Human Rights Capitalism
From Webster's Third New International Dictionary, Unabridged (Online) (emphasis added): “Capitalism” is generally defined as “an economic system characterized by private or corporation ownership of capital goods, by investments that are determined by private decision rather than by state control, and by prices, production, and the distribution of goods that are determined mainly in a free market.” (Merriam-Webster, Incorporated)
From Encyclopedia Britannica (emphasis added): “[C]apitalism, also called free market economy, or free enterprise economy, economic system, dominant in the Western world since the breakup of feudalism, in which most of the means of production are privately owned and production is guided and income distributed largely through the operation of markets.” (Encyclopædia Britannica Inc., 2014)
A simpler explanation of Capitalism is as follows: a system in which capital (such as raw materials, intellectual property, etc.) is combined with labor (such as personal industry, creativity, etc.) to produce products and services at the greatest return (profit) to investors.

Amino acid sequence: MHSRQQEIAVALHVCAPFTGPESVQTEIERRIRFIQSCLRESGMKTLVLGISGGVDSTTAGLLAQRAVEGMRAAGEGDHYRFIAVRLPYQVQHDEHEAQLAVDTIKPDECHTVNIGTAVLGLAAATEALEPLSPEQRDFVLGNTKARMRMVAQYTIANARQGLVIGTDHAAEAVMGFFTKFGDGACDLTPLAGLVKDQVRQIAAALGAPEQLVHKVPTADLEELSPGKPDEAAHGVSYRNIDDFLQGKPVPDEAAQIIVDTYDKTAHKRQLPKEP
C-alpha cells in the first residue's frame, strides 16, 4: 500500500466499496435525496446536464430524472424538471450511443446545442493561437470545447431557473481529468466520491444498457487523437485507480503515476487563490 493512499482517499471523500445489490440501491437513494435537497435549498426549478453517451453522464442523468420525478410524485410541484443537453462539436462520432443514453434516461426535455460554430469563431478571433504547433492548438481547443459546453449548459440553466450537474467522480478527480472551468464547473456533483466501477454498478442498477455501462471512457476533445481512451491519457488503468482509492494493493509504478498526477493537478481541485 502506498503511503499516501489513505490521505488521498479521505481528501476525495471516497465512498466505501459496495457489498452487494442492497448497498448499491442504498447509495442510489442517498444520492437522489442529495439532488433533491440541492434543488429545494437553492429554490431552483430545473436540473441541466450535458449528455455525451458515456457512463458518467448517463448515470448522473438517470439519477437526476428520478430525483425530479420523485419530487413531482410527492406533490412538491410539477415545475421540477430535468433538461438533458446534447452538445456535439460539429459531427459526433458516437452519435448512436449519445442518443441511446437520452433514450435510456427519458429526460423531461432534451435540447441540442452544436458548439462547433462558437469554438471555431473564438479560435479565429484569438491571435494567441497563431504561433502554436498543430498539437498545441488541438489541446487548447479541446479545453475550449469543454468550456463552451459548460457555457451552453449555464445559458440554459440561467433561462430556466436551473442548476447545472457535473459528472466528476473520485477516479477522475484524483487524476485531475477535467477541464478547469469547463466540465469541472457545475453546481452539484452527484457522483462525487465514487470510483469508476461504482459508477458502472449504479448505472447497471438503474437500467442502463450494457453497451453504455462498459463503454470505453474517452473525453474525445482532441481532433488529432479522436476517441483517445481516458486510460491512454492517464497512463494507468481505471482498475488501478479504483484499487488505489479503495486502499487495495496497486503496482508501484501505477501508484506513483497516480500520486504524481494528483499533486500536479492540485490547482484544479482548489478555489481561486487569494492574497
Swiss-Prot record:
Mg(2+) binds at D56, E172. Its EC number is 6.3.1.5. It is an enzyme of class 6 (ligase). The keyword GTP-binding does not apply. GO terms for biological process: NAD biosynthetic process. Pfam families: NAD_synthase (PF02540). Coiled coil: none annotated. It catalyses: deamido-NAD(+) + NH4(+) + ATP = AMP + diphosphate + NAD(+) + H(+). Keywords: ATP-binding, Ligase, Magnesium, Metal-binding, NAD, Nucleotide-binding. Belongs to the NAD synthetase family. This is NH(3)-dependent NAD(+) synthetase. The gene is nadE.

Tension arises in the context of answering a simple question: to whom goes the return on investment or profit? How much should go to those whom invested money (or other non-labor forms of capital) versus going to those who invested labor and other valuable human characteristics?
Capitalism has been redefined over the ages as a means of reflecting different, changing social and academic views regarding capitalism, despite the fact that the basic concept has not changed. In particular, more recent efforts seek to rationalize general, public acceptance of unfettered or laissez faire capitalism and further privatization of otherwise public services. Further, more recent definitions endeavor to define capitalism in a socially neutral manner. When compared to earlier versions, notice that these newer definitions do not speak to capitalism’s impact upon humans.